Civilized People Do Not Torture
CIVILIZED PEOPLE DO NOT TORTURE
The release of the film Zero Dark Thirty has spawned a resurgence of the debate about torture in the United States. Unfortunately, most commentary sidesteps any consideration of the ethical principles surrounding torture and instead focuses on how effective or not it can be. But any society that claims moral high ground for itself must surely reject atrocities like this, and should at least be faithful to its international obligations to do so. Even in a hypothetical crisis scenario from the world of fiction, torturing people is not the behavior of civilized people.
It is rare to find any principled criticism of torture in current debates; most of the discourse is consumed with whether or not torture is effective in conducting interrogations. Most experts agree that it is generally ineffective in procuring accurate statements, but this is entirely beside the point. Torture is immoral, illegal, and barbaric, and it shouldn’t matter whether or not we think it can help us get information. Imagine if someone could show some great social or security benefit from committing genocide—would anyone consider listening to this argument? The same should be true of torture, which the word “immoral” seems insufficient to describe. Civilized people do not practice such atrocities, and it is not how civilized societies should do business. Torturing human beings is the behavior of barbarians, and unless we wish to debase ourselves as such, we should concern ourselves more with the morality of our actions rather than their efficacy.
These principles apply especially to an American society that prides itself on ‘exceptionalism’ and insists on considering itself to be the central force for good in the world. If these propositions are true, it is not because of any law of nature; it must be reflected in our society’s actions. If we want to think of ourselves as the good guys, we have to act like good guys, and good guys definitely don’t torture people. After all, this is a practice we readily (and rightly) denounce others for practicing, especially when the victims are Americans. Whether in Korea, Vietnam, Iraq, or a host of other places, we never ask the question “was it an effective interrogation method for them to torture Americans, or was it counterproductive?” We rightly ignore such considerations and call the atrocities war crimes. If we are willing to condemn other torturers on grounds of principle, we must be consistent and honest with ourselves when we examine our own behavior. Anything less reduces our system of ethics to a mere sham, a simple fiction that we construct just to make ourselves feel good.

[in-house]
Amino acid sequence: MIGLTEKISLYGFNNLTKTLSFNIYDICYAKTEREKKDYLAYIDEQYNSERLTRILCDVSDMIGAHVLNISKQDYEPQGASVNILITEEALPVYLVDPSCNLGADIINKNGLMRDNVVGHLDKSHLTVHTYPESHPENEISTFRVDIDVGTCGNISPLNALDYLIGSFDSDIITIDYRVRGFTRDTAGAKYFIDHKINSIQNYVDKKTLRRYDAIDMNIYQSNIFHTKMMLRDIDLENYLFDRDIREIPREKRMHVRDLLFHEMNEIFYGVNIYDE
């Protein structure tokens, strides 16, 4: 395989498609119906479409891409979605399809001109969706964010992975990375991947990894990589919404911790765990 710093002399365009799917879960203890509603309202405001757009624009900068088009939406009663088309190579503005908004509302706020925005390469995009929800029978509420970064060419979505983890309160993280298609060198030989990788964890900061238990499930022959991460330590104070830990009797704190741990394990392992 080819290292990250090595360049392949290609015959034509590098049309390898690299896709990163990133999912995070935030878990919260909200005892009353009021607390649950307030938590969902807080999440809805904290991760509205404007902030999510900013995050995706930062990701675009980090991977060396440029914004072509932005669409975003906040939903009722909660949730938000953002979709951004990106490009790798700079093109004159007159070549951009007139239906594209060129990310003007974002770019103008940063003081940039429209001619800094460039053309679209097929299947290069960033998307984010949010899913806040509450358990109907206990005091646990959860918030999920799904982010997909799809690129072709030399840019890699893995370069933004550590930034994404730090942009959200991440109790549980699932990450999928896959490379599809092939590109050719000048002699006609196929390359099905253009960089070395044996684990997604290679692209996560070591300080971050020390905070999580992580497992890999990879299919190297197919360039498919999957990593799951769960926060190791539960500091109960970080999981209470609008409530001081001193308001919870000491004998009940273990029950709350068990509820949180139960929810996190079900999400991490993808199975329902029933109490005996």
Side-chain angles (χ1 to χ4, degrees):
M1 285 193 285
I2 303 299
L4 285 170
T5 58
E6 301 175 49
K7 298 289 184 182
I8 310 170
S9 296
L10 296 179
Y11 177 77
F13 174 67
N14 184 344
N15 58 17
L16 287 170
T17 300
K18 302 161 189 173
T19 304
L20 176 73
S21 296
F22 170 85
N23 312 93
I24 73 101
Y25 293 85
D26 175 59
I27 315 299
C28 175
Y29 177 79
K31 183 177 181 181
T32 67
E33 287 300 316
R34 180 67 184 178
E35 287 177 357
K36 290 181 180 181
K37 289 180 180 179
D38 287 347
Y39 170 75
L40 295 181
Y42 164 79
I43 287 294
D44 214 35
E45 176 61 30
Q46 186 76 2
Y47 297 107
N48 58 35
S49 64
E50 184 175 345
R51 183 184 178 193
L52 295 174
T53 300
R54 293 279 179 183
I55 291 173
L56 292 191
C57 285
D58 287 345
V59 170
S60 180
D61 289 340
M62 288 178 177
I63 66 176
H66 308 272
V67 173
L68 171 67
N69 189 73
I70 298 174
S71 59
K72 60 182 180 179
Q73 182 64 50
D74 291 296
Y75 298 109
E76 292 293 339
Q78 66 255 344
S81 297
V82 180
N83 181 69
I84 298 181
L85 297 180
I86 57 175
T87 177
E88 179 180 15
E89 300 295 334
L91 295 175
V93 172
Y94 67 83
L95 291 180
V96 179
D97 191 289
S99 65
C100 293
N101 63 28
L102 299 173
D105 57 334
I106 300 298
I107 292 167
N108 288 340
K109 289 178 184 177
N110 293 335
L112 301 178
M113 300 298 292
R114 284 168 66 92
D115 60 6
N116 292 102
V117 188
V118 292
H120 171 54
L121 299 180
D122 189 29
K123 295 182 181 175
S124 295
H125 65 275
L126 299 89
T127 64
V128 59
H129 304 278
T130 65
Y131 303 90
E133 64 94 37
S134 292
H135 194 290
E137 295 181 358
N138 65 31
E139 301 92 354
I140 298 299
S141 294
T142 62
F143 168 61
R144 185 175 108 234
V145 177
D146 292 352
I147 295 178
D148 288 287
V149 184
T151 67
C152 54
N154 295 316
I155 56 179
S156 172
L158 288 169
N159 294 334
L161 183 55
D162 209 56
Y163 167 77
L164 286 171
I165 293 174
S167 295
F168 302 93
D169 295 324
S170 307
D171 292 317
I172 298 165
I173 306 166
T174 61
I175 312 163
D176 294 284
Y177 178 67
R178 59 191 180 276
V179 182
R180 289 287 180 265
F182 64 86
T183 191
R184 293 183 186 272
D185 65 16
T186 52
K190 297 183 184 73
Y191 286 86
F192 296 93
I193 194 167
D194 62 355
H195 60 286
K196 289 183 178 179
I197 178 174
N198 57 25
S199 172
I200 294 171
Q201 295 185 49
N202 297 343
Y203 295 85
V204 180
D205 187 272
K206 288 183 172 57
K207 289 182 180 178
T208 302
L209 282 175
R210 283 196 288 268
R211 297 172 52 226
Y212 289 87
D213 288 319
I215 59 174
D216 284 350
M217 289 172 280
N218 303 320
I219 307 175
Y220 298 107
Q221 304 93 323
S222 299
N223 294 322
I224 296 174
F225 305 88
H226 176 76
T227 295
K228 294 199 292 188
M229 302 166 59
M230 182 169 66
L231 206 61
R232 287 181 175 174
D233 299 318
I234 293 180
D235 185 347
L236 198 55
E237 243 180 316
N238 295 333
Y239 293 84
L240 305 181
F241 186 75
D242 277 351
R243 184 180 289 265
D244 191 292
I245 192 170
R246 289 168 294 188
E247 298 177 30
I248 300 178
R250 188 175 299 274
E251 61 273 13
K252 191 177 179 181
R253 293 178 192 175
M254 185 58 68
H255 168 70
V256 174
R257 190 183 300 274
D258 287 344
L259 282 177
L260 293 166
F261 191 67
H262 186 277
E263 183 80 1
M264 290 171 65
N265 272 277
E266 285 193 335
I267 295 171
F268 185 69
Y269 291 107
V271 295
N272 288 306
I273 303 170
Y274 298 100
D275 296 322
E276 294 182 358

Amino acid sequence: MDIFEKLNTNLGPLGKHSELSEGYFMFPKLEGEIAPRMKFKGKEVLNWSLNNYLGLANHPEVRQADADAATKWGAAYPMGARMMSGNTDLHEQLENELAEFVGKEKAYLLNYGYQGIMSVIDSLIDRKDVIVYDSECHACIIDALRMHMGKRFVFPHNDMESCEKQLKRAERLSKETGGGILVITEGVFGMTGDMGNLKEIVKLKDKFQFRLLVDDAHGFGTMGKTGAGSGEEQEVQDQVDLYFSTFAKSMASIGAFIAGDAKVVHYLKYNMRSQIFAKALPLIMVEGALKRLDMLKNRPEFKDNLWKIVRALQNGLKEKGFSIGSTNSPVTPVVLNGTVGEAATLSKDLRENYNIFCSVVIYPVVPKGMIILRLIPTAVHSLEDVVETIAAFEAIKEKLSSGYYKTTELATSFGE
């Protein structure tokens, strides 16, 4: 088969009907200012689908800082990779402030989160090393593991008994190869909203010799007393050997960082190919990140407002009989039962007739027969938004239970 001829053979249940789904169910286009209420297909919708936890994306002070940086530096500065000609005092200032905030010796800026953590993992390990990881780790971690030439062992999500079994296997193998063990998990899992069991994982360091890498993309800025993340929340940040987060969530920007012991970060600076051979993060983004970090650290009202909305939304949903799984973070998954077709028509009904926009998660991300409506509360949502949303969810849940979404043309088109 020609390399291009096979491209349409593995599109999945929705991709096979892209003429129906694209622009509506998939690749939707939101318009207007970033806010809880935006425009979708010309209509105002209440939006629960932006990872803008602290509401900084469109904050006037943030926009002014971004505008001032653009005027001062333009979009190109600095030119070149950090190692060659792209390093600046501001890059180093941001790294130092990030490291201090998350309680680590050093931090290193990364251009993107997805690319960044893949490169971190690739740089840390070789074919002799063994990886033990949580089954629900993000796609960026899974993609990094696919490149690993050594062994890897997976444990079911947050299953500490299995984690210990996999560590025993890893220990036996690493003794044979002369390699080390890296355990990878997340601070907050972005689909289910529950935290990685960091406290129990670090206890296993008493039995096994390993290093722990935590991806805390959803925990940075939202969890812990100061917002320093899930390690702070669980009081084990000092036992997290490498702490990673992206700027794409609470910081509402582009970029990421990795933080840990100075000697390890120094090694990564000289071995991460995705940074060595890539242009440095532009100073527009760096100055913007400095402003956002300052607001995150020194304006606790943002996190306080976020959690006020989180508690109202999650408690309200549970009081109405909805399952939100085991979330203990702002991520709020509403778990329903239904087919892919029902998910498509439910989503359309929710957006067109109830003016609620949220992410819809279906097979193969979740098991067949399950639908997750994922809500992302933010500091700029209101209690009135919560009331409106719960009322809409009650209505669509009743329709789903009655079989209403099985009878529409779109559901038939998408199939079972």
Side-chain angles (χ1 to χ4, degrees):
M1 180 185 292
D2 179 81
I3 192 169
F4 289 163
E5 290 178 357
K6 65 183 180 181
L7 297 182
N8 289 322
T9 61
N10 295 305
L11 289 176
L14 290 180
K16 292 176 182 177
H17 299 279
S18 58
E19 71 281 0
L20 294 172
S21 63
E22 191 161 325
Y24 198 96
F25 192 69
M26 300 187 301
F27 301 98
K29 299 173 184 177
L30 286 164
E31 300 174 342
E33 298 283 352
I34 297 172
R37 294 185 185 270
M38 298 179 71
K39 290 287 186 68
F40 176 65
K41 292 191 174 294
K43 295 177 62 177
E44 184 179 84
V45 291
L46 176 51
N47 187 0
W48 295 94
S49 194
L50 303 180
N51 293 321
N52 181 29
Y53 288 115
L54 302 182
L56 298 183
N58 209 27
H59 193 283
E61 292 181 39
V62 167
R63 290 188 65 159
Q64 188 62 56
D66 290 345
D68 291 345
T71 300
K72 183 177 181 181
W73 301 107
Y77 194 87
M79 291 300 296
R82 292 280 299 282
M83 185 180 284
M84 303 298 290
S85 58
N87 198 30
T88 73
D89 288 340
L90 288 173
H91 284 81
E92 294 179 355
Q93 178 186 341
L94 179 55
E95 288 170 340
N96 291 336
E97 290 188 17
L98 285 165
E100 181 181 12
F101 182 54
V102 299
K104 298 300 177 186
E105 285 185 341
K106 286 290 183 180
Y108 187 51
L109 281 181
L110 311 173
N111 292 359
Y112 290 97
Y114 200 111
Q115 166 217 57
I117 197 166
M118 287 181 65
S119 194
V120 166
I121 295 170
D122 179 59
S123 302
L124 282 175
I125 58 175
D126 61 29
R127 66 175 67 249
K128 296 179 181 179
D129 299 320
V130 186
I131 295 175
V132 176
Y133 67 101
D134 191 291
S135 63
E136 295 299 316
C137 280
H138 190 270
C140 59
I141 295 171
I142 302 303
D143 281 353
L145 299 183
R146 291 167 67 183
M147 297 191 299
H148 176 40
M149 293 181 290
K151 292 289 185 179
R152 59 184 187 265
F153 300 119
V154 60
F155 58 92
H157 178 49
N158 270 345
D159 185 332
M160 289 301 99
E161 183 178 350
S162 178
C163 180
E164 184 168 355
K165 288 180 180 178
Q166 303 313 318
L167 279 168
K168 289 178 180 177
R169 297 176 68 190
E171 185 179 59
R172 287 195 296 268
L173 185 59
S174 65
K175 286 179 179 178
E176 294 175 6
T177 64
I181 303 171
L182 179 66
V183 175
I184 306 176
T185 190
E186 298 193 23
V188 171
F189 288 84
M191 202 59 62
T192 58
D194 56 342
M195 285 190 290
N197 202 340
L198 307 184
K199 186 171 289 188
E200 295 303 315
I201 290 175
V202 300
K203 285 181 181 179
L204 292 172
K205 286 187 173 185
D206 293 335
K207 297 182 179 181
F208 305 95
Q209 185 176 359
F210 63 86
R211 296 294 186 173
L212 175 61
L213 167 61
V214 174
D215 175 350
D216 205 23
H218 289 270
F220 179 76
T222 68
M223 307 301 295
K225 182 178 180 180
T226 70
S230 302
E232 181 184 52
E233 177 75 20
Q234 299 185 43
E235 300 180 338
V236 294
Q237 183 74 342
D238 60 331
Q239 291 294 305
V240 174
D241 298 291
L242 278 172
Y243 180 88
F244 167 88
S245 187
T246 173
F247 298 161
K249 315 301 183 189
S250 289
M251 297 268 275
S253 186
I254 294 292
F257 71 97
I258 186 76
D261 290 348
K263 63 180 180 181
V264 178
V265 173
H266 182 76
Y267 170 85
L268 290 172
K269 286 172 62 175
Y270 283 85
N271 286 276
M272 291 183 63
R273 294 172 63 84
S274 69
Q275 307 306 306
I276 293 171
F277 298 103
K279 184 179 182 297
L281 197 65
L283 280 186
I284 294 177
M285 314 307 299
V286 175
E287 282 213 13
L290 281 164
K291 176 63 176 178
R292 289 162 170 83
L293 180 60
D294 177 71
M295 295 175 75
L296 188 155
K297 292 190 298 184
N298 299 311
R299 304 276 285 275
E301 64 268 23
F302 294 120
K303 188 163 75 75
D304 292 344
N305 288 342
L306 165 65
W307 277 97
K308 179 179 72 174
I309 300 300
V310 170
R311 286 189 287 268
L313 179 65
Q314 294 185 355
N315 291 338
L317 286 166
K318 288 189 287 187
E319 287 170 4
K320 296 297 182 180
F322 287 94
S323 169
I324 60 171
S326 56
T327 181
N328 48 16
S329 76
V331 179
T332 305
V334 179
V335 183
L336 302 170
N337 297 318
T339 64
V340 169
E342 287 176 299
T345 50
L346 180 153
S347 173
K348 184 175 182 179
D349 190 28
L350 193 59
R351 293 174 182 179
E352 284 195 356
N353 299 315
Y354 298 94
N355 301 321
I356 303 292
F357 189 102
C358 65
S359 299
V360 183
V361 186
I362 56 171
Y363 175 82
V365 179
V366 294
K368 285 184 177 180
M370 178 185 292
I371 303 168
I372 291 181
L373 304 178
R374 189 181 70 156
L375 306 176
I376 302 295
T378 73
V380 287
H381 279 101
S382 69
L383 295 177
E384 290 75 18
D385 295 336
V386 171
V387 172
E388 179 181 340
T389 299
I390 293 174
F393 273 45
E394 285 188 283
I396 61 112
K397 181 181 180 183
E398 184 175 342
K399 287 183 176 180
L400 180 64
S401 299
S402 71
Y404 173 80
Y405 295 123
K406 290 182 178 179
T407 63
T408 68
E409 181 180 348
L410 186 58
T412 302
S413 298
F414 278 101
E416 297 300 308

The United States also has firm international obligations to prevent and prosecute torture worldwide, to say nothing of its duty not to practice it. As a party to the Geneva Conventions, the U.N. Convention Against Torture, and the Nuremburg Principles as incorporated into the U.N. Charter, the U.S. has committed itself wholesale to opposing torture. As outlined in the Constitution, these ratified treaties are the Supreme Law of the Land in the United States. Additionally, the U.S. War Crimes Act of 1996 even prescribes the death penalty for grave breaches of the Geneva Conventions (torture included). Even if someone’s perverted system of morality deems torture to be permissible, it is plainly illegal in the United States and in virtually any country on the planet. Any minimal commitment to the rule of law requires us to renounce torture.
Most debates on torture usually break down into an insistence that a ‘ticking time bomb’ scenario requires torture to save lives. Such a situation, however, is mainly from the world of television and movies, and shouldn’t concern serious people discussing serious problems. We might just as well craft Pentagon policy around the contingency of an extraterrestrial invasion. When asked about torture during the 2008 Republican presidential primary, candidates thought they were being tough by declaring that when trouble strikes, they’d like to call Jack Bauer. They may as well have been intending to call Batman, who is no less real than Mr. Bauer! Attempting to imitate fictional characters is a ridiculous way to defend a barbaric practice. Even if such an imaginary ‘ticking time bomb’ situation were to actually happen, it is still just plain wrong to torture people. Just like other crimes that are categorically evil, such as rape and child abuse, torture is always wrong in any circumstance.